04
DEC
6pm

Update: British PM Suffers Brexit Defeat Ahead of Key Vote

British Prime Minister Theresa May has suffered two major defeats - just before opening five days of debate on the government's deal for the UK's withdrawal from the European Union. With widespread expectation that the deal will not pass a vote in the House of Commons, the BBC's Rob Watson explains the possible consequences. Also in the programme, Joe Saluzzi at Themis trading explains why shares have plunged on Wall Street.
04
DEC
3pm

British PM Suffers Brexit Defeats Ahead of Key Vote

British Prime Minister Theresa May has suffered three significant defeats - just before opening five days of debate on the government's deal for the UK's withdrawal from the European Union. With widespread expectation that the deal will not pass a vote in the House of Commons, we discuss the possible economic consequences of a 'no deal' Brexit with the British economist Roger Bootle of Capital Economics, and Jonathan Portes, professor of economics and public policy at King's College London. Also in the programme, the French government has backed down over new taxes on fuel, following violent protests. We look at the economic and political implications with Harriet Agnew, Paris correspondent for the Financial Times. Plus we take you to Punjab in northern India, where pesticides used by farmers have been blamed for the state's high rates of cancer.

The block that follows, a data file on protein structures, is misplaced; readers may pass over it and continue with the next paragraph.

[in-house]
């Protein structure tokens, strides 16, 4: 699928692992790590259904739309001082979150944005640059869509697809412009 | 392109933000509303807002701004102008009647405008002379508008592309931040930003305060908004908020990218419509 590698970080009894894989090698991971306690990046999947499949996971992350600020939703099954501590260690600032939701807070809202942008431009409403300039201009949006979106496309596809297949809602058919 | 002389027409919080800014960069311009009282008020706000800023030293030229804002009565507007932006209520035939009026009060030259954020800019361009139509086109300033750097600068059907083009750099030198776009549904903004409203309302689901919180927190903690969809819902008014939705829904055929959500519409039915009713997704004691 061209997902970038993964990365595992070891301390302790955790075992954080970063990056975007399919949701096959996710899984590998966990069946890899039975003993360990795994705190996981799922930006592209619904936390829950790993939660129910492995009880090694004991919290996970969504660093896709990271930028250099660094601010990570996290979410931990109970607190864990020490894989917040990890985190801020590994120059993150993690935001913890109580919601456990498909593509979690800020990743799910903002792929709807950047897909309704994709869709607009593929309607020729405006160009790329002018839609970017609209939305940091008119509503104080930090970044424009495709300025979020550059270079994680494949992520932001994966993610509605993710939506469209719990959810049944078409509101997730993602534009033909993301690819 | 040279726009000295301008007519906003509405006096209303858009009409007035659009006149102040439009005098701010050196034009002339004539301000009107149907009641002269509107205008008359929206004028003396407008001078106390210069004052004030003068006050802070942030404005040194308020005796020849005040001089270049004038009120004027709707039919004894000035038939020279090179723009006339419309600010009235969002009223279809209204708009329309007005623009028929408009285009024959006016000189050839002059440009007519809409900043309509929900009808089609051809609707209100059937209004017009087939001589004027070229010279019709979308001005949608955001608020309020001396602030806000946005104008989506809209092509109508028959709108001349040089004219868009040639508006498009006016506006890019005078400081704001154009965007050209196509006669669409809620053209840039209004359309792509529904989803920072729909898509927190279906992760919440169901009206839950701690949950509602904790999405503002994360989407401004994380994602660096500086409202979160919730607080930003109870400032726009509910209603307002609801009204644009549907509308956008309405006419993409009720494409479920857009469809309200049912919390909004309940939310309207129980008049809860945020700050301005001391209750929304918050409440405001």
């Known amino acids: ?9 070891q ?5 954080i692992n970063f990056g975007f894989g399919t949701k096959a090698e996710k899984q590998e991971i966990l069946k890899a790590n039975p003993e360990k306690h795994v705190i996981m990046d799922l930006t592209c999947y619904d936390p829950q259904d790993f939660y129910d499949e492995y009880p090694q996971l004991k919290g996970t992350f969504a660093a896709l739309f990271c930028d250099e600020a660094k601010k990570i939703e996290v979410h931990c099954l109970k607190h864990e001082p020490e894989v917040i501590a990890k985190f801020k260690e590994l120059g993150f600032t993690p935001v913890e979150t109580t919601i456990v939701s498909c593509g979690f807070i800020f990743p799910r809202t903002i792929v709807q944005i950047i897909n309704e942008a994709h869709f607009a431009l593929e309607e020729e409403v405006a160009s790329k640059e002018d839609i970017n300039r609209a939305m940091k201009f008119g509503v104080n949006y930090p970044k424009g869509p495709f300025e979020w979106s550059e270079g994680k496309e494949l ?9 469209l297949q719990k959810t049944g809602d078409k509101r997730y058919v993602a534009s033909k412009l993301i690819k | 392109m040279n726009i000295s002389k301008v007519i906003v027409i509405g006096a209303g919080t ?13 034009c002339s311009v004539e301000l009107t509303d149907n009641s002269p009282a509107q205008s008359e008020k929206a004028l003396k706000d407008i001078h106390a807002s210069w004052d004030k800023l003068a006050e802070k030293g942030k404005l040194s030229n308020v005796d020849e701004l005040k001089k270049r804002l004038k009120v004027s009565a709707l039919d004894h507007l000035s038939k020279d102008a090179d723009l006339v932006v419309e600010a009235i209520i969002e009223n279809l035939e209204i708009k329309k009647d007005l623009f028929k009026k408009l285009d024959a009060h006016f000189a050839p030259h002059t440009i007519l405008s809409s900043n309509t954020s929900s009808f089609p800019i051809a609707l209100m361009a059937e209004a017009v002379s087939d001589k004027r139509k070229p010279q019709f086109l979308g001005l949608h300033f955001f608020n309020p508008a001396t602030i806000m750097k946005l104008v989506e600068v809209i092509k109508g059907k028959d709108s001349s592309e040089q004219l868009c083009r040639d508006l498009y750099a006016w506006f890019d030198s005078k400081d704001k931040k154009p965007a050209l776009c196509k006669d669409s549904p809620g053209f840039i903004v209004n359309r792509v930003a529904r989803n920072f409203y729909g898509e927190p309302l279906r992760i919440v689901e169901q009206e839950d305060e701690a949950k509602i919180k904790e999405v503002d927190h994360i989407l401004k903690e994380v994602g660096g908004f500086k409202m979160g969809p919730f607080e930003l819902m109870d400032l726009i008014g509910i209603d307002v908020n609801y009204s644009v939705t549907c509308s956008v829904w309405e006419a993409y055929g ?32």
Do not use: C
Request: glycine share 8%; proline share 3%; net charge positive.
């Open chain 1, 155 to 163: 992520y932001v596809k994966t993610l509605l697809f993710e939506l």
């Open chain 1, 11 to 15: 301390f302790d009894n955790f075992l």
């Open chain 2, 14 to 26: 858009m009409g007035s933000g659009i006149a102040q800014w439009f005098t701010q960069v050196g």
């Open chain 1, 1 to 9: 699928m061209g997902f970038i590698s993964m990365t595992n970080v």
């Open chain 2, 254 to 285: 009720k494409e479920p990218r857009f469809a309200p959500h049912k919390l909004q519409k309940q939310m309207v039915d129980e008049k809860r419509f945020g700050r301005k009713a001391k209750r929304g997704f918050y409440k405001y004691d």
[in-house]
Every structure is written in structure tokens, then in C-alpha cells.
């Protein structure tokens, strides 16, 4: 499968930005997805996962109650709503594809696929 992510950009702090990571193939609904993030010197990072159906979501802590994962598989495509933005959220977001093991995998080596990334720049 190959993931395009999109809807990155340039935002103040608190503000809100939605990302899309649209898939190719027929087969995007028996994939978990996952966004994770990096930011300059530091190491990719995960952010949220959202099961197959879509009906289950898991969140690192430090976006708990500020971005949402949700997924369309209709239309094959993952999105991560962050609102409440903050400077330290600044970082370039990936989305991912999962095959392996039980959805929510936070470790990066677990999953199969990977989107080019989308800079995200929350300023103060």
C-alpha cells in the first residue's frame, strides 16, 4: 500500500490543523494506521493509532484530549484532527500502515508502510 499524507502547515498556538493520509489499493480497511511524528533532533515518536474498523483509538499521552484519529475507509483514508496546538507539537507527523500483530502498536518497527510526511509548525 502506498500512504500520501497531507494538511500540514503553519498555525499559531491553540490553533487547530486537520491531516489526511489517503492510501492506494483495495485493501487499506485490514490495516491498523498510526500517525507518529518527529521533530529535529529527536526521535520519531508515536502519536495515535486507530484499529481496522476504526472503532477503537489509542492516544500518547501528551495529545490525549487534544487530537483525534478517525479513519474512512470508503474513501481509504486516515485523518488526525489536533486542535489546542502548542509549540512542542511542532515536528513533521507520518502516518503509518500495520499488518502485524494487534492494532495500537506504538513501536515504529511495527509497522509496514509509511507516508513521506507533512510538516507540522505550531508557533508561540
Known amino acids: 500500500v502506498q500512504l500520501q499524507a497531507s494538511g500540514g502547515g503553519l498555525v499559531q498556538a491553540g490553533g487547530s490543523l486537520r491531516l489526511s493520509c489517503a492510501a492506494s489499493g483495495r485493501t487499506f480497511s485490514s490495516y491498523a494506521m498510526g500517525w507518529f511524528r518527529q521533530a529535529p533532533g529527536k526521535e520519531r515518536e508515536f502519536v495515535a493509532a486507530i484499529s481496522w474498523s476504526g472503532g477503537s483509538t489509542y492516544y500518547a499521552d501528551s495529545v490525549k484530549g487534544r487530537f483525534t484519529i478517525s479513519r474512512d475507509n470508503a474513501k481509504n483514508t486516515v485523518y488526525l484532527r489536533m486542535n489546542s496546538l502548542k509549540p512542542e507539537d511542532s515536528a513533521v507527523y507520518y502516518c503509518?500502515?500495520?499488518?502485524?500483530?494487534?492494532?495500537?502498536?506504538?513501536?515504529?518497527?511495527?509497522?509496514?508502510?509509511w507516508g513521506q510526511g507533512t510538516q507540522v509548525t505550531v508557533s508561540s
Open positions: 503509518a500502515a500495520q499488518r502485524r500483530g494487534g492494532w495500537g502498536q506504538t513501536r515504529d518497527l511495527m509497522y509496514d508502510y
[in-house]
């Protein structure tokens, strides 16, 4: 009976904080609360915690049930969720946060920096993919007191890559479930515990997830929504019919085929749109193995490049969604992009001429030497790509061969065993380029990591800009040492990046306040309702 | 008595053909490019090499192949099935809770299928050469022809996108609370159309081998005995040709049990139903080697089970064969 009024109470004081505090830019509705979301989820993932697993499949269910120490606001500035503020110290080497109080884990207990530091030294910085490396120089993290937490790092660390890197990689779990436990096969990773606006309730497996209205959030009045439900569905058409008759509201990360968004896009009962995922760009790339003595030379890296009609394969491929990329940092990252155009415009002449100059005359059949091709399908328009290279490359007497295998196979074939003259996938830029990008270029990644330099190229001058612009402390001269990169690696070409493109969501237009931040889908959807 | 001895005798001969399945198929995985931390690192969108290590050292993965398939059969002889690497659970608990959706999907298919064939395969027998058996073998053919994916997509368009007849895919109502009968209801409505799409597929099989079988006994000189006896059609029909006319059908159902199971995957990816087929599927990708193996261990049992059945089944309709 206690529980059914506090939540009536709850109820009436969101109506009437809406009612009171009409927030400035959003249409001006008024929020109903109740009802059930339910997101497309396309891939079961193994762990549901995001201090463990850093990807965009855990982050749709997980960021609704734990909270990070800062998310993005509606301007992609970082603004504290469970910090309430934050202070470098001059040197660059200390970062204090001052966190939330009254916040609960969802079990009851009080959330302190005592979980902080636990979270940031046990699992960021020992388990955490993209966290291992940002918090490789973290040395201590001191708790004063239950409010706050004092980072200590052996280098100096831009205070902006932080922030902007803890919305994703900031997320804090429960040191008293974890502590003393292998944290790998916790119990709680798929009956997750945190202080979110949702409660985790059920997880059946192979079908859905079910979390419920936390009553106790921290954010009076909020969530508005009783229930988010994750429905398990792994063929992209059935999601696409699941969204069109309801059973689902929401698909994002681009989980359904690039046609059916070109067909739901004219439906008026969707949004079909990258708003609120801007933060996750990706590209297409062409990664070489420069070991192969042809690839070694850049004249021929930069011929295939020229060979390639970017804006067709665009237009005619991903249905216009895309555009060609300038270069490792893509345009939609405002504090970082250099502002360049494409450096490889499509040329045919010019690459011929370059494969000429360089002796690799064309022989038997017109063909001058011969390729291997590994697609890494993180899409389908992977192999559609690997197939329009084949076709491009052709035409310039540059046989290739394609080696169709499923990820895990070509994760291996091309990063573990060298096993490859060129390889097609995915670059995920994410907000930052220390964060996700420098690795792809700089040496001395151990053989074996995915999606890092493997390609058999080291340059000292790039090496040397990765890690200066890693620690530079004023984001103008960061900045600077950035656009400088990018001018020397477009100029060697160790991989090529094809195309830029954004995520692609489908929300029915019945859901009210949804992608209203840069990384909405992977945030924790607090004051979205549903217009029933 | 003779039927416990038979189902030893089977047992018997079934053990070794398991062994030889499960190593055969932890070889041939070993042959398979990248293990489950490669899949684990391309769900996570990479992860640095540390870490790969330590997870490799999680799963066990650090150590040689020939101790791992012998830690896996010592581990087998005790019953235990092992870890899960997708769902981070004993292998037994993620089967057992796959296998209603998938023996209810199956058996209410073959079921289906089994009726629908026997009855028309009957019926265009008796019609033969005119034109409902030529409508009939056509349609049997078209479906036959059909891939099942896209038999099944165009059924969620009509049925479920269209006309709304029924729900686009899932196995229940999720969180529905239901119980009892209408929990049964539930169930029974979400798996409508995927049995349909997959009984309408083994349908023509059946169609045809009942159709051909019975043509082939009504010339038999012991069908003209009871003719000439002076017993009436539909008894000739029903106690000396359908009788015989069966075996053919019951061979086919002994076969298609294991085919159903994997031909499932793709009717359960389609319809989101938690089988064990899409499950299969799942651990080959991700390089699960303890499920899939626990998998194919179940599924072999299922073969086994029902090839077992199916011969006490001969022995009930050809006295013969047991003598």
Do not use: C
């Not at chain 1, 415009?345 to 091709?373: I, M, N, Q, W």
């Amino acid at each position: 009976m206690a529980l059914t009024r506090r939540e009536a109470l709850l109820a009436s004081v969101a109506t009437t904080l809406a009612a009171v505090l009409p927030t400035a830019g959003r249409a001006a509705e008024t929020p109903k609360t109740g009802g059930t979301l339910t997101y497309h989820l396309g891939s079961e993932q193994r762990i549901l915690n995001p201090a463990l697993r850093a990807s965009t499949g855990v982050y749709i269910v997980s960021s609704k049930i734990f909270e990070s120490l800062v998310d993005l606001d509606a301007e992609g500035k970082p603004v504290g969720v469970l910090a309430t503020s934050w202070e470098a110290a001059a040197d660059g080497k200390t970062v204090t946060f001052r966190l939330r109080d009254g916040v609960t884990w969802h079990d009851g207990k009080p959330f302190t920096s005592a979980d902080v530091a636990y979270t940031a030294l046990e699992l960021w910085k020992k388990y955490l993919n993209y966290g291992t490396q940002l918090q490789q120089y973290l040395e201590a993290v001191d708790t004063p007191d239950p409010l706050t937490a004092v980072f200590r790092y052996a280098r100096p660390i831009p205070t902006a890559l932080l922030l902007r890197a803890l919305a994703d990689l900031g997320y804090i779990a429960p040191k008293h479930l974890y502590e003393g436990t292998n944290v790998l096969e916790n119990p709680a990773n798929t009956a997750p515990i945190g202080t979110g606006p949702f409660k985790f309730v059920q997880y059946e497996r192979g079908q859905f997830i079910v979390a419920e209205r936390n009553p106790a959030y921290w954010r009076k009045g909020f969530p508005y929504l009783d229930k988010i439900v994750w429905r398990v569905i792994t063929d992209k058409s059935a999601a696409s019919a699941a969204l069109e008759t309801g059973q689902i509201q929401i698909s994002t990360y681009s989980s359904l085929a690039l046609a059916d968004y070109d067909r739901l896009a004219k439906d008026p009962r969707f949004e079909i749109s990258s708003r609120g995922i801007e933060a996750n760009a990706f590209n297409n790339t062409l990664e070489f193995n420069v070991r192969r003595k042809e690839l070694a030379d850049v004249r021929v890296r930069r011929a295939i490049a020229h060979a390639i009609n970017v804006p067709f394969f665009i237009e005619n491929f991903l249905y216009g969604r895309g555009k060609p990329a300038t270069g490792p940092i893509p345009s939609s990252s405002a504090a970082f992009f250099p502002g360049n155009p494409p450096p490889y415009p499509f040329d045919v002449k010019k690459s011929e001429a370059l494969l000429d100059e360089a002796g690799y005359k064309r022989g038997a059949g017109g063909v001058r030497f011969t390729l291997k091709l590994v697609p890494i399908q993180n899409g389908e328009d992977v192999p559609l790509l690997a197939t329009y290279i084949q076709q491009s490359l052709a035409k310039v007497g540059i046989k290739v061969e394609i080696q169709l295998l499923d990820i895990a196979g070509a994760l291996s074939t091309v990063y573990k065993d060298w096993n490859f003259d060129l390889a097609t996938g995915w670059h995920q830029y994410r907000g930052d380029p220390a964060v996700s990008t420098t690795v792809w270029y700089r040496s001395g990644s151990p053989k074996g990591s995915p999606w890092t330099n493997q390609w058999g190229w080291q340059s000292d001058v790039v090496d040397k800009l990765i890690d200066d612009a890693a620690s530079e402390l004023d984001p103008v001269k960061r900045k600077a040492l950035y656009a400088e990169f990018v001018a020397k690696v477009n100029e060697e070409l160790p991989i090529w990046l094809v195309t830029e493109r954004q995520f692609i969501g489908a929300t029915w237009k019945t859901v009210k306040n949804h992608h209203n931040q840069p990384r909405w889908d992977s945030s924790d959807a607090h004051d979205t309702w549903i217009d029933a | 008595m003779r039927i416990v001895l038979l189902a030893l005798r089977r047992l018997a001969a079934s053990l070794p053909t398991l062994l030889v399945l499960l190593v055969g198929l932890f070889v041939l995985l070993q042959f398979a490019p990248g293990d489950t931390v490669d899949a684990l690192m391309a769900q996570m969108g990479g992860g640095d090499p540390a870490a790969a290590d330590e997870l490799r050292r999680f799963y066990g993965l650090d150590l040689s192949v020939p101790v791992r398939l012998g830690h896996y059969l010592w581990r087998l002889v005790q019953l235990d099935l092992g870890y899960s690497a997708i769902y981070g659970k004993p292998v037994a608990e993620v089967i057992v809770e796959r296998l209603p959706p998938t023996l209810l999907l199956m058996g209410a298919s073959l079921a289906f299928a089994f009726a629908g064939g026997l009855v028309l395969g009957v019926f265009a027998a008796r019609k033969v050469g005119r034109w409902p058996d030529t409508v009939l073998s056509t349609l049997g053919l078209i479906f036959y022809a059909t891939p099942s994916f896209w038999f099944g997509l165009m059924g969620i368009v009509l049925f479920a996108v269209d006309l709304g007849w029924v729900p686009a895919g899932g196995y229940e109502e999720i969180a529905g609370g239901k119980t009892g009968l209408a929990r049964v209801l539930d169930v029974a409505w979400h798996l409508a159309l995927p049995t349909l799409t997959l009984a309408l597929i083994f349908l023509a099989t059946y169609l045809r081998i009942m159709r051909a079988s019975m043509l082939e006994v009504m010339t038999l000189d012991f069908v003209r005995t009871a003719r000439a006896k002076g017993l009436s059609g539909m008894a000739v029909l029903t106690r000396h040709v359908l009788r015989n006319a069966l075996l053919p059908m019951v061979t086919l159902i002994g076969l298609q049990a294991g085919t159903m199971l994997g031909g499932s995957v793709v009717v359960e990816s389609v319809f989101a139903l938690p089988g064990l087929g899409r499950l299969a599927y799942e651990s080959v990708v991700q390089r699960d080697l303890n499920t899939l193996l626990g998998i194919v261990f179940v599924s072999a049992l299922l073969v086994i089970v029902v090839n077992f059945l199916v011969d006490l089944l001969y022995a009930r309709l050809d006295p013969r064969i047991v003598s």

03
DEC
6pm

Update: British Spy Chief Questions China's Role in UK Tech

The boss of MI6 has raised concerns about Chinese involvement in the UK's infrastructure. Alan Woodward at the University of Surrey analyses the potential threats. Also in the programme, United Nations-sponsored climate talks are getting under way in Katowice, Poland, from where our environment correspondent Matt McGrath brings us the details. To reduce traffic congestion, a ban on minibus taxis has been introduced in the central business district of Kenya's capital, Nairobi. We hear why operators and passengers think the new policy is unfair. We take a trip over the bridge between Denmark's Copenhagen and Sweden's Malmo, to hear how it has fostered economic co-operation, as the crossing turns 18. Plus our regular workplace commentator, Pilita Clarke, asks whether it is fair to charge people with bigger feet more for their shoes.
02
DEC
8pm

US and China Reach Temporary Trade Truce